The wheels keep on turning…

chapel windowWell, it’s been a busy few weeks – did we have any school holidays? I seem to have a few minutes spare, but that is probably because I have forgotten what it is I am supposed to be doing.  Never mind, I thought I would sit down and gather my thoughts and reflect on what we have done in the first two weeks of term.

Reports, reports, reports. But of course, you need to mark work before you can write the reports because there has to be an assessment grade for each subject on the report. That was my holiday. (Oh, woe is me! No, really I had plenty of time to relax and spend time with family too.) Then once the reports are written, for form teachers comes the mixed blessing of proof reading reports. I say mixed bag because I really enjoy reading how the students in my form class are getting on in their different subjects. I teach my form class for English but I also teach some of them for Spanish. It is always fascinating to see how they respond to other subjects and other teachers. I start to see a whole person and not just the part that learns in my lessons. On the other hand, there is the tedium of checking for spelling errors, missed or extra commas, spaces, capital letters….. adherence to the Report Style Manual is absolute! However, that is a job that I can now put behind me until late November when the second round of reports is due!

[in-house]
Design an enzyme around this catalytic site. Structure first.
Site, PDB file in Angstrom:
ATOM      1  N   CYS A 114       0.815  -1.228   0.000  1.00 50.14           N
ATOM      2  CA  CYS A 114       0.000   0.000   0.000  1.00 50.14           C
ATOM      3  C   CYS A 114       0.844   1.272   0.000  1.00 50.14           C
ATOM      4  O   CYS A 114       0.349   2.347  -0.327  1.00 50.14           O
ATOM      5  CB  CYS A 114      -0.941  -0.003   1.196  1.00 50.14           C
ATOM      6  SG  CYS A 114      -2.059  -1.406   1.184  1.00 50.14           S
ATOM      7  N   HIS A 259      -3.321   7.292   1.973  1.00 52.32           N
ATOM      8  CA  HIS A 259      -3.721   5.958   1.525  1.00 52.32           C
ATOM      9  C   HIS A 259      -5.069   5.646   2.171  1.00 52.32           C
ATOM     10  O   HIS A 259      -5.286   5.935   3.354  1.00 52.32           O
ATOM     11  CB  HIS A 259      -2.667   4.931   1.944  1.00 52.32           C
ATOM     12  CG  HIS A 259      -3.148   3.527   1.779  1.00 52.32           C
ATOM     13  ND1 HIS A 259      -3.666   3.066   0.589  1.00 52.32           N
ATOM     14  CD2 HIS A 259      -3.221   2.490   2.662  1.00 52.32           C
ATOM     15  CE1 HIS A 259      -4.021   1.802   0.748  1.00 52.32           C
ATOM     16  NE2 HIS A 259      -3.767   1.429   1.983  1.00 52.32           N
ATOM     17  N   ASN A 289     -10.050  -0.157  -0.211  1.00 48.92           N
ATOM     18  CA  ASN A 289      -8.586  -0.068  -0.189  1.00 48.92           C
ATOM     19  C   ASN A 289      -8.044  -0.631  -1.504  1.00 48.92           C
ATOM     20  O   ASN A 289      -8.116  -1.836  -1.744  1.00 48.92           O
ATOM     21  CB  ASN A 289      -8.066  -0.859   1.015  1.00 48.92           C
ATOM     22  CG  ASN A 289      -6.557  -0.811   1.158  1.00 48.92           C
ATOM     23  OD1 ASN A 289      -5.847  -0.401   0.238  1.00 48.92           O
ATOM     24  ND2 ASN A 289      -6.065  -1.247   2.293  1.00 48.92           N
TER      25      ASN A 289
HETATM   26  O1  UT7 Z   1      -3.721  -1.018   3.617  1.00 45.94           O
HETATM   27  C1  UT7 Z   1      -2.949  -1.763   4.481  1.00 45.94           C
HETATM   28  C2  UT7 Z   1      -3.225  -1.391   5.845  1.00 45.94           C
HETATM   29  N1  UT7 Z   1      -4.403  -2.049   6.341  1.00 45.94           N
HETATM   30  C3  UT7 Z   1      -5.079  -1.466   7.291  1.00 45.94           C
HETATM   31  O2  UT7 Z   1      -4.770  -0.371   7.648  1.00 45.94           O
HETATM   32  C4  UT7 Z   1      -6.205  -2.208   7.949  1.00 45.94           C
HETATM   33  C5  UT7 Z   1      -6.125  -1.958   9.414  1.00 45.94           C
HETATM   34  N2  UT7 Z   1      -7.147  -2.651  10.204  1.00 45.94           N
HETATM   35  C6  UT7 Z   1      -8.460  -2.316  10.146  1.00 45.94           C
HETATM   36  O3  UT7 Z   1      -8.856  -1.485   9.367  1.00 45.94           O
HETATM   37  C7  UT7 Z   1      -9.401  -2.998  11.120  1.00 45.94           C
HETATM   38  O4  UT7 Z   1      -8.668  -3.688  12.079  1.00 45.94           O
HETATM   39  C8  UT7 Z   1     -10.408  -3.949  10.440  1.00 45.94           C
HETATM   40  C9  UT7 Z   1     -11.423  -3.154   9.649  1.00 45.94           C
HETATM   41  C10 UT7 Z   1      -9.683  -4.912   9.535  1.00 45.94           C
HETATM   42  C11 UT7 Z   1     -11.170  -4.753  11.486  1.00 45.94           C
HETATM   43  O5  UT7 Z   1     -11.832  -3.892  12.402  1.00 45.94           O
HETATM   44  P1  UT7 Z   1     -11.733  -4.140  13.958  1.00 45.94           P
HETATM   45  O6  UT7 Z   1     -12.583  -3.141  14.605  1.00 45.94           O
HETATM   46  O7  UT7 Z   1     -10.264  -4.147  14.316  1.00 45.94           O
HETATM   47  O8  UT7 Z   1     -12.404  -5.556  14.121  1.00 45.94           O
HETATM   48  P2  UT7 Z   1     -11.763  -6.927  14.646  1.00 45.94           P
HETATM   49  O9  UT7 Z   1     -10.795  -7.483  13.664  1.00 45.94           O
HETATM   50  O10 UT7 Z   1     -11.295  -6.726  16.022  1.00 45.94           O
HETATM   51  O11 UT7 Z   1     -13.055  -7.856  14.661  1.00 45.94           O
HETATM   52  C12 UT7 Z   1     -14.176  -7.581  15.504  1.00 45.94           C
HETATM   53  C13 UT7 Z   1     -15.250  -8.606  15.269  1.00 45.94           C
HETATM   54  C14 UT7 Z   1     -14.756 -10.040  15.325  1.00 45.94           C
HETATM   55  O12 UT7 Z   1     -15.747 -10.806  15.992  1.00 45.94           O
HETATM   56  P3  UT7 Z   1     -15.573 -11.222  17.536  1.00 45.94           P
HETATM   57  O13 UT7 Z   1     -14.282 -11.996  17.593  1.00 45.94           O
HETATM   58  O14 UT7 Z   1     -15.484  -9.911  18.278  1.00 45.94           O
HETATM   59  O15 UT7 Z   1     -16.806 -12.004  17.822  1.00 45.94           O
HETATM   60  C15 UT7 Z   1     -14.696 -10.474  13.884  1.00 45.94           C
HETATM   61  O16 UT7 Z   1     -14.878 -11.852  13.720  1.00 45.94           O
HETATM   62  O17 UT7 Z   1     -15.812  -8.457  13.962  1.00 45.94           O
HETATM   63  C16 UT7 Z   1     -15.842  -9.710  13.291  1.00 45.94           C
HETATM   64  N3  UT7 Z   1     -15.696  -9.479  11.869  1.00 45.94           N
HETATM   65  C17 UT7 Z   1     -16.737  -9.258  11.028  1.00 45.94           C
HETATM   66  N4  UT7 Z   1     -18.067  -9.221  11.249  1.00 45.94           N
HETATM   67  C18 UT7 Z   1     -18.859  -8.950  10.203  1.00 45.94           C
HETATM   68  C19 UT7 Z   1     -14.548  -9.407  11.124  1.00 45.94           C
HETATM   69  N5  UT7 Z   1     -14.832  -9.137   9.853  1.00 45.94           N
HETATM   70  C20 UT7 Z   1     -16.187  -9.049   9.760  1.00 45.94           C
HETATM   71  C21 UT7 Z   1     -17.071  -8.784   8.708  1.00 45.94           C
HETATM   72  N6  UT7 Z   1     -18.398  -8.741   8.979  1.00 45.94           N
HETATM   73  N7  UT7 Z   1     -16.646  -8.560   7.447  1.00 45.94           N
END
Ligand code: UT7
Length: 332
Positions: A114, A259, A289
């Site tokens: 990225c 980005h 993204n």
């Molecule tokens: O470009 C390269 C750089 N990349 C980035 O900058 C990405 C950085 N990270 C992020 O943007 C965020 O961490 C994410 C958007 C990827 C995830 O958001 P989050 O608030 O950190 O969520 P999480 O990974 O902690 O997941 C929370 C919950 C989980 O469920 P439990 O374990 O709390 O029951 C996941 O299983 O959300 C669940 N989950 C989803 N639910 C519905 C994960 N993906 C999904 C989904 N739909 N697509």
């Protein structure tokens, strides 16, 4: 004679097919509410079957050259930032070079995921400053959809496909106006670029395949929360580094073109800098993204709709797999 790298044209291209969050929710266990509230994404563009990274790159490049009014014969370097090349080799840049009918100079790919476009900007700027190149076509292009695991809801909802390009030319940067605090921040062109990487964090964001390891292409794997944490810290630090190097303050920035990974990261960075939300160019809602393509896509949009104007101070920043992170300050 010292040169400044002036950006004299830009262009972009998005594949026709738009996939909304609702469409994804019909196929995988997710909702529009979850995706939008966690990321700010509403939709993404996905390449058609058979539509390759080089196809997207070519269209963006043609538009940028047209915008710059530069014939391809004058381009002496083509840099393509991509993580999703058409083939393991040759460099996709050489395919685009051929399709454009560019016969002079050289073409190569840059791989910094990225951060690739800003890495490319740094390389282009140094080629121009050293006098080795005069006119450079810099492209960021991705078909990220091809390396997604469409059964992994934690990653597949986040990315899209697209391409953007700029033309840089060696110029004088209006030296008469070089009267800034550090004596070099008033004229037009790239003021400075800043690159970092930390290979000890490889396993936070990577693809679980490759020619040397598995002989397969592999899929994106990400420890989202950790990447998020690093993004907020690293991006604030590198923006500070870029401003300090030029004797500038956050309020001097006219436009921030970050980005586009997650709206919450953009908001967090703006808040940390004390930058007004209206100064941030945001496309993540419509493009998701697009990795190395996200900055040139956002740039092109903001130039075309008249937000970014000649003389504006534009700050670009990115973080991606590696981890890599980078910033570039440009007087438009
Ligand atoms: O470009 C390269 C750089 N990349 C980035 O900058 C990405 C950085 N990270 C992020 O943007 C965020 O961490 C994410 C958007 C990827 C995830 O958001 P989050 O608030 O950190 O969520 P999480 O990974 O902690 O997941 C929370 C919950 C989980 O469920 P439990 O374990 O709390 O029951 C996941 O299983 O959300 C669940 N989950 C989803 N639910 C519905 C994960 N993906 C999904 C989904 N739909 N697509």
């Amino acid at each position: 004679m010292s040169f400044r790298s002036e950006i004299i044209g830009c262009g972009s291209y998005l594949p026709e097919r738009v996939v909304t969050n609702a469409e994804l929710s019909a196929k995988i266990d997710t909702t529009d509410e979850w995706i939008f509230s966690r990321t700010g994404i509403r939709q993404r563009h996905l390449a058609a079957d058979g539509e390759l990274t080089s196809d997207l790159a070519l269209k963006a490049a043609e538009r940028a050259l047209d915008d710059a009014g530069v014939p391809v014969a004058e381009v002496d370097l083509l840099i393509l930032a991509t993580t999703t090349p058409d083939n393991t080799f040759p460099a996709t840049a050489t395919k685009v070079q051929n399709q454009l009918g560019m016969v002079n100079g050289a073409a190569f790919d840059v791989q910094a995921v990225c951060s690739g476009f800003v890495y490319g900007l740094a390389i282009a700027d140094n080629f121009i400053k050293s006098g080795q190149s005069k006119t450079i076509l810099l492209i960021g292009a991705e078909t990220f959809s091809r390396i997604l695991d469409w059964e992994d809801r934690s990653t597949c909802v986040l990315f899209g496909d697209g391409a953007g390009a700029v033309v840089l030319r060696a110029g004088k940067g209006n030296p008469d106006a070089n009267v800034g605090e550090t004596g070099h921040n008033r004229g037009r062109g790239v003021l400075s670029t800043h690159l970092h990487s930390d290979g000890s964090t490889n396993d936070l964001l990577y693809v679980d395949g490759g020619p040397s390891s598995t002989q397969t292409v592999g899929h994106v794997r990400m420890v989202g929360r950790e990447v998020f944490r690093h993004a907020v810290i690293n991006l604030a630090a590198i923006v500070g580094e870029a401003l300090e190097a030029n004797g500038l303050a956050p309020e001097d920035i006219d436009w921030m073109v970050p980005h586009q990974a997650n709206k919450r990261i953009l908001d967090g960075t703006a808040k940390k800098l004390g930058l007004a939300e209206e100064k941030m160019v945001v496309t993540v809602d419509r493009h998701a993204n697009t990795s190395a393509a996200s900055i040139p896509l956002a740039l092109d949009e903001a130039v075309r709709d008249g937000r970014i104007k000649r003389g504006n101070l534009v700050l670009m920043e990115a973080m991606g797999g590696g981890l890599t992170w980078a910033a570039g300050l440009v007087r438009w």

Just a thought, a seedling sown by this article in The Guardian, what if we were limited to a twitter style report – 140 characters to succinctly get our messages about student learning to parents?  This could be via social media on a more regular basis than the once a year workload nightmare of industrial age reports.  This ongoing conversation could be supported by face to face meetings by request rather than at a “one date fits all, five minute speed dating” Parents’ Evening?

I love starting a new term, my students refreshed and curious to learn, new topics, new language, fresh ideas and raring to go.  This term we are studying “Hugo” in English and, despite never having taught a film study before, I am really enjoying it.  The wealth of materials on the internet provided me with a treasure trove of ideas during the holidays.  My family did get a little bored with watching Hugo over and over again, and me pausing the film for key scenes and to analyse the lighting, camera shots, music – is it dietic or non-dietic sound?  What are the connotations of the costumes, the soundtrack, the scene? My students are loving it so it was time well-spent and I feel like I have an inkling of what I am talking about!

Spanish classes are ramping up too – the seniors are focused on NCEA portfolio building, realising finally that some sense of urgency is required, and starting to connect the language they have learned over the last two years and joining the dots.  They know more than they think they know but how do I encourage them to realise that and have more confidence to speak?  The fear of not gaining Excellence is a huge inhibitor in language learning, and definitely a problem in a high stakes assessment system. Any suggestions as to how to overcome that barrier would be heartily welcome?

 

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